NettieB on

I don’t agree with MW. It’s a national trend, not a personal choice.

adi on

@NettieB, it’s a national trend because it’s a personal choice.

Mrs. R on

It doesn’t surprise me that Erykah would have issues with maintaining coupledom when she grew up in a ‘matriarchal’ family. If your grandmother was a single mom, your mom was a single mom, and all your aunts were single moms… where WOULD you learn about how to be married or even be in a long term relationship with a man? All you would really know are short relationships with men who breeze in and out of your life.

I don’t agree with her, nor do I think the situation is right, but I do have some sympathy to her experience.

MW on

@NettieB: It is a personal choice. It becomes a national trend when enough women choose it. It’s 2010. If you have 3 kids with 3 different men, it’s because you CHOSE it.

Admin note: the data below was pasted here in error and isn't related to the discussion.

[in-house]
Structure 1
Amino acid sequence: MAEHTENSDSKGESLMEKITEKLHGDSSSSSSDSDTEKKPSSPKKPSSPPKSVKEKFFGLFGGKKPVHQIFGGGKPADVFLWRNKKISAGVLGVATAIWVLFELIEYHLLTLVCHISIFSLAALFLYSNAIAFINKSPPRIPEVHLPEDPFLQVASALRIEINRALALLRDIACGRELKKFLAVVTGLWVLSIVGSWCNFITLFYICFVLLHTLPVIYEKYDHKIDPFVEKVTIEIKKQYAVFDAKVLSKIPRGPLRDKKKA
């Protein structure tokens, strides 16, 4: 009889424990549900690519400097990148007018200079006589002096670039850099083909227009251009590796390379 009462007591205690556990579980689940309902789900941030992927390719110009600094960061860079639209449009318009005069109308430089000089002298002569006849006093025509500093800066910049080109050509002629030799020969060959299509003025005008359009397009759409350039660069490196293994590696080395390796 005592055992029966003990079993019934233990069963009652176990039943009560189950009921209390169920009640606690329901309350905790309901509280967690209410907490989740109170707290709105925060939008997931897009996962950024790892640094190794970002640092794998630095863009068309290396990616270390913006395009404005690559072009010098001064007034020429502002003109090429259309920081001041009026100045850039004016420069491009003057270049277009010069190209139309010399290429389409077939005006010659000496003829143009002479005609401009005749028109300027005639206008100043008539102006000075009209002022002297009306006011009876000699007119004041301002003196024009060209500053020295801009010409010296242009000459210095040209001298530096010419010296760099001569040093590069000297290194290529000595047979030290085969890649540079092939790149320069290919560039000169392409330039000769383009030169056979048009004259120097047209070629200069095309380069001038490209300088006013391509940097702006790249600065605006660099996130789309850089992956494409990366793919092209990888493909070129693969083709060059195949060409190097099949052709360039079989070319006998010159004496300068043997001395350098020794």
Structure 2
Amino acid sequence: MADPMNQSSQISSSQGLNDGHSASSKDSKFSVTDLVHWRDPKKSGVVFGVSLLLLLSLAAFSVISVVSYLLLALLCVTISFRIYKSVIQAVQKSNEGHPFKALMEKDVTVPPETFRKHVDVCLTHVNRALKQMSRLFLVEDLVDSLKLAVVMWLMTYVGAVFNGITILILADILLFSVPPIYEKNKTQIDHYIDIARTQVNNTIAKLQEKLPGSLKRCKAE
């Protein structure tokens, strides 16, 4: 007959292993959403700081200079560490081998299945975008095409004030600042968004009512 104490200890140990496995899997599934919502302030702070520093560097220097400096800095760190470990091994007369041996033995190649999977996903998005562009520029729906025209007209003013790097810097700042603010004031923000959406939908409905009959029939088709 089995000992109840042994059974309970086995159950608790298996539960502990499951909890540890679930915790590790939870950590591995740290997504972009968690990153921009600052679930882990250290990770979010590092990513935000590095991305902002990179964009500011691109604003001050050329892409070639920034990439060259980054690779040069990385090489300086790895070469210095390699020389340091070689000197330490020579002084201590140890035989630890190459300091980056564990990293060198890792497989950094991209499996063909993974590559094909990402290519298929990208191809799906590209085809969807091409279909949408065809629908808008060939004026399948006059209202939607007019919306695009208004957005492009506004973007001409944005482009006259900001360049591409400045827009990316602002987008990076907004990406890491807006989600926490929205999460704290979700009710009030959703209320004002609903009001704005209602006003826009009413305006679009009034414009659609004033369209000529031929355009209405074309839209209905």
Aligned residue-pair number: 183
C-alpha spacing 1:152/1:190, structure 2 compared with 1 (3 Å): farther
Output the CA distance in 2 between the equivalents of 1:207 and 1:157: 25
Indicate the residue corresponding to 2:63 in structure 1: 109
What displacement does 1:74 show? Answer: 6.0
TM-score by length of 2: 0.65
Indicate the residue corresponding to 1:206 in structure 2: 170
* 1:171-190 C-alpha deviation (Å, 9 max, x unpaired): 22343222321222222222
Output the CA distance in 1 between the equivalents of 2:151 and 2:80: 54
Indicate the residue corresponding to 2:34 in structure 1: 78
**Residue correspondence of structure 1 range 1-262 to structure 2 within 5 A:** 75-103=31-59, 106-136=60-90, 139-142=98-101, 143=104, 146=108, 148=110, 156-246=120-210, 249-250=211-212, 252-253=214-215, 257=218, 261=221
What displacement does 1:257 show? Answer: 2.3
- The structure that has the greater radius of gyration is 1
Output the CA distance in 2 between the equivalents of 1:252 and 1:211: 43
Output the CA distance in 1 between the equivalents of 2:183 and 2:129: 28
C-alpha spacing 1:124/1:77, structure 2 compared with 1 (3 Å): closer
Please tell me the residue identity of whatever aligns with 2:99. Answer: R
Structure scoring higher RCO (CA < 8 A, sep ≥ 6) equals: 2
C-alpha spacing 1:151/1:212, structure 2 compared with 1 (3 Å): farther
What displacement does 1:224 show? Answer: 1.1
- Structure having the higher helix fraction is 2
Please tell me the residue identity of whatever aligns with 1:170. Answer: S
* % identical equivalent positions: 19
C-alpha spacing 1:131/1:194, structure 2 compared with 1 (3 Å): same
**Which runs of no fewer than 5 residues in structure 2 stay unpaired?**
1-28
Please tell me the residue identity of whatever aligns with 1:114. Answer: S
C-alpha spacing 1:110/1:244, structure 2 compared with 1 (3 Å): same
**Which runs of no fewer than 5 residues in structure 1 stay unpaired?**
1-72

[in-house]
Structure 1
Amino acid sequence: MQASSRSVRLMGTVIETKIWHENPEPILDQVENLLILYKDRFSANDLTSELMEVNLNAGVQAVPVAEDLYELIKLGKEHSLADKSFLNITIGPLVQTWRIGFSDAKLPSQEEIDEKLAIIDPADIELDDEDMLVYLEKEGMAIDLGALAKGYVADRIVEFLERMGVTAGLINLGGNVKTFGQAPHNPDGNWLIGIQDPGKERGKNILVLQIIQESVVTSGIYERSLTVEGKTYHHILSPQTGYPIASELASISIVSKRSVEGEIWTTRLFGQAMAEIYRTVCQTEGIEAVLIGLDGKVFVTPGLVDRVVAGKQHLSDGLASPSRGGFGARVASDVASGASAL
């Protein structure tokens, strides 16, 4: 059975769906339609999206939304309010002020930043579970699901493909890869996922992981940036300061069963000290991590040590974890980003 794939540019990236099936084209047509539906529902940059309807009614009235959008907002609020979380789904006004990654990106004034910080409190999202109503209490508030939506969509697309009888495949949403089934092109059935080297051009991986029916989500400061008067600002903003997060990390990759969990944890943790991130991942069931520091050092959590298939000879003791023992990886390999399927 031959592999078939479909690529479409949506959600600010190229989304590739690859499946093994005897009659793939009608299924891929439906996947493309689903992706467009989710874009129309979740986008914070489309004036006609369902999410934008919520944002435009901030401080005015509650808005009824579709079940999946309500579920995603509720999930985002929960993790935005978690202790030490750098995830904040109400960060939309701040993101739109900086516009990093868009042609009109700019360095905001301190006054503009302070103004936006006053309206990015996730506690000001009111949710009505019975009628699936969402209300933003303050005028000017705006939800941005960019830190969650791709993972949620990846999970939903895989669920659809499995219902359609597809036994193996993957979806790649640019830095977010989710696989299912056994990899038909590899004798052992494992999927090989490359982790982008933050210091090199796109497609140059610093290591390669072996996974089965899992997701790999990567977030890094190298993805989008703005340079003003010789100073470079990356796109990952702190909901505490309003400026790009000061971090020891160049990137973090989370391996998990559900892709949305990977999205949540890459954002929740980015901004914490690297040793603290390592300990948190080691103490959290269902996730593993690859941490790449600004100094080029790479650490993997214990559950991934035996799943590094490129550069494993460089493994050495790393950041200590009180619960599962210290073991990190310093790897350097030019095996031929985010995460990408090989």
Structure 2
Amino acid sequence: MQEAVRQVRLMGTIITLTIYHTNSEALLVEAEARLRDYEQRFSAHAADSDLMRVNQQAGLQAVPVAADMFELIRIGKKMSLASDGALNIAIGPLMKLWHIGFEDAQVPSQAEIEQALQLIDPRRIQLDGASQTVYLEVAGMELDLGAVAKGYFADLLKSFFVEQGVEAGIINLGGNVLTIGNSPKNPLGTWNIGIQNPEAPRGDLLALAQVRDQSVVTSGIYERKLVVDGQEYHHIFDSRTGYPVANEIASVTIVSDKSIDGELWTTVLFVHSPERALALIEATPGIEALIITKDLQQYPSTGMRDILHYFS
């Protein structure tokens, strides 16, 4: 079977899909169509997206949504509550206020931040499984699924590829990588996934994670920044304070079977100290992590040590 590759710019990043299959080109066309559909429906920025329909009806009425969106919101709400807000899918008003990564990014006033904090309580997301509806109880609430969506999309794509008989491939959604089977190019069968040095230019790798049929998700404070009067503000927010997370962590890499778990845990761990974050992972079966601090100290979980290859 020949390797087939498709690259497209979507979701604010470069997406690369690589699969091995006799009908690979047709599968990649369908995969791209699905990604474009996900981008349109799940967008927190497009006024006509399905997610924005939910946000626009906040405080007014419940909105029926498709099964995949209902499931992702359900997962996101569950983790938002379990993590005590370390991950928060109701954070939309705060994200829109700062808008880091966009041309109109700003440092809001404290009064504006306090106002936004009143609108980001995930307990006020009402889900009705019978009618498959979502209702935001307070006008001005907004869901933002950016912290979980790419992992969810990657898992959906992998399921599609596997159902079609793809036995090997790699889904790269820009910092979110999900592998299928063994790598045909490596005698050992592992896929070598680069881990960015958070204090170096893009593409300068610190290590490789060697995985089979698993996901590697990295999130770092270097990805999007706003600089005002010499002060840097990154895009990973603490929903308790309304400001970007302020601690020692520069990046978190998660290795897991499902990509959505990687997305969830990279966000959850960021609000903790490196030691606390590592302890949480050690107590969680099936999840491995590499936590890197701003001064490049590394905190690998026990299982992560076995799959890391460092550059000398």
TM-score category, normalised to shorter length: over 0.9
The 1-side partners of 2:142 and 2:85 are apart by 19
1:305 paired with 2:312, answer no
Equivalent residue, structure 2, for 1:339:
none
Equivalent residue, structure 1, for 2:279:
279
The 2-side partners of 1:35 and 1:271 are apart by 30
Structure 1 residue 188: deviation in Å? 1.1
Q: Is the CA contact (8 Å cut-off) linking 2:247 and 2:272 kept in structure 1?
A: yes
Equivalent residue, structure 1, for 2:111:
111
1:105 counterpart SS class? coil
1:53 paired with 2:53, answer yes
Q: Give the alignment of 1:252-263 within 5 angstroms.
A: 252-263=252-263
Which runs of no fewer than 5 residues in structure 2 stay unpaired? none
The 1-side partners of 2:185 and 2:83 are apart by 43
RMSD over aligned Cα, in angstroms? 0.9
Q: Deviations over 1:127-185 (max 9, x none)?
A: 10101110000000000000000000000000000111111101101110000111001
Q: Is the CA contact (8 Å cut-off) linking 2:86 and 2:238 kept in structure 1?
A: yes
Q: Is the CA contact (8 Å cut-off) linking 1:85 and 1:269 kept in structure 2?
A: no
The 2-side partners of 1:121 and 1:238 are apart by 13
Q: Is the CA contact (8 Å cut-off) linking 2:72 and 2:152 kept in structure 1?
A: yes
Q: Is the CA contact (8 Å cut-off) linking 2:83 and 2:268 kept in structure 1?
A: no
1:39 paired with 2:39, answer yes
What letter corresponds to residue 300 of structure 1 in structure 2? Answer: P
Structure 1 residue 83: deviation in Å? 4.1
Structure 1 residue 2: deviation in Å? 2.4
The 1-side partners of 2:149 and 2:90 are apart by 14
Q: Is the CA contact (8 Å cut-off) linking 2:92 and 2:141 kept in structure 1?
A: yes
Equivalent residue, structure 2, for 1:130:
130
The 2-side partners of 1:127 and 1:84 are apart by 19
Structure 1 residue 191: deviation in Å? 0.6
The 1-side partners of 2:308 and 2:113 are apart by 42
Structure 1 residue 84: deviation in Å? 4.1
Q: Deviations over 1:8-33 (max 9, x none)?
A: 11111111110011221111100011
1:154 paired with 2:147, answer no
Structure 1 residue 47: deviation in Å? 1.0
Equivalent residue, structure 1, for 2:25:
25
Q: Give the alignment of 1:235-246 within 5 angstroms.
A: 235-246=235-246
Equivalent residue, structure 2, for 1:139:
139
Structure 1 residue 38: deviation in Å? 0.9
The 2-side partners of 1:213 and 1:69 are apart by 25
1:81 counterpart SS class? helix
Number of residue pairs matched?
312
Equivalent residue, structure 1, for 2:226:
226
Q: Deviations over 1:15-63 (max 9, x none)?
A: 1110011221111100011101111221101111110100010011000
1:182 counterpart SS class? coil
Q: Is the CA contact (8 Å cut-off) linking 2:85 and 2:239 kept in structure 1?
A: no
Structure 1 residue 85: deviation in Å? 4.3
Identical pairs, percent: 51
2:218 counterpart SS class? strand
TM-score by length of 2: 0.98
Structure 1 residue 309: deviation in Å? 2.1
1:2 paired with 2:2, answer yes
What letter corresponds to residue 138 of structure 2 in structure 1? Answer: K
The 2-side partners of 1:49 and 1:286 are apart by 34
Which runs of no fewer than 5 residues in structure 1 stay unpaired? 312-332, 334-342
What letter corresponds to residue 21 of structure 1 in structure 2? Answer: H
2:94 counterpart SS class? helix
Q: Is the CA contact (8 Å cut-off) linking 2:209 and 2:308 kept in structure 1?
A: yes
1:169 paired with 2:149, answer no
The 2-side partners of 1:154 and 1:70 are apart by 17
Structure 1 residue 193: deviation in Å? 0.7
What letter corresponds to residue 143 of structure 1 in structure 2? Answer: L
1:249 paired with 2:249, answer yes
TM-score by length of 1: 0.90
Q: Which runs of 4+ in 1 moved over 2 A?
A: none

MW on

@Mrs. R: My mother was a single mother. She didn’t allow men to breeze in and out of her children’s lives. She never HAD boyfriends when we were growing up. She worked full time and raised the two children she had. When we were grown, she met and married a wonderful man and they had 10 incredible years together before he passed away.

We knew other families with single moms and they had a new man at their house every couple of years. The neighborhood I grew up in was full of families that had lived there for generations. In many cases, the parents and grandparents of these women had been married for decades, so what was their excuse?

Kristen on

It is surprising that we are objecting to Erykah being a single mom, either by choice or circumstance but we are not objecting to the three men who have left her life also. She says that her children all have relationships with his or her father.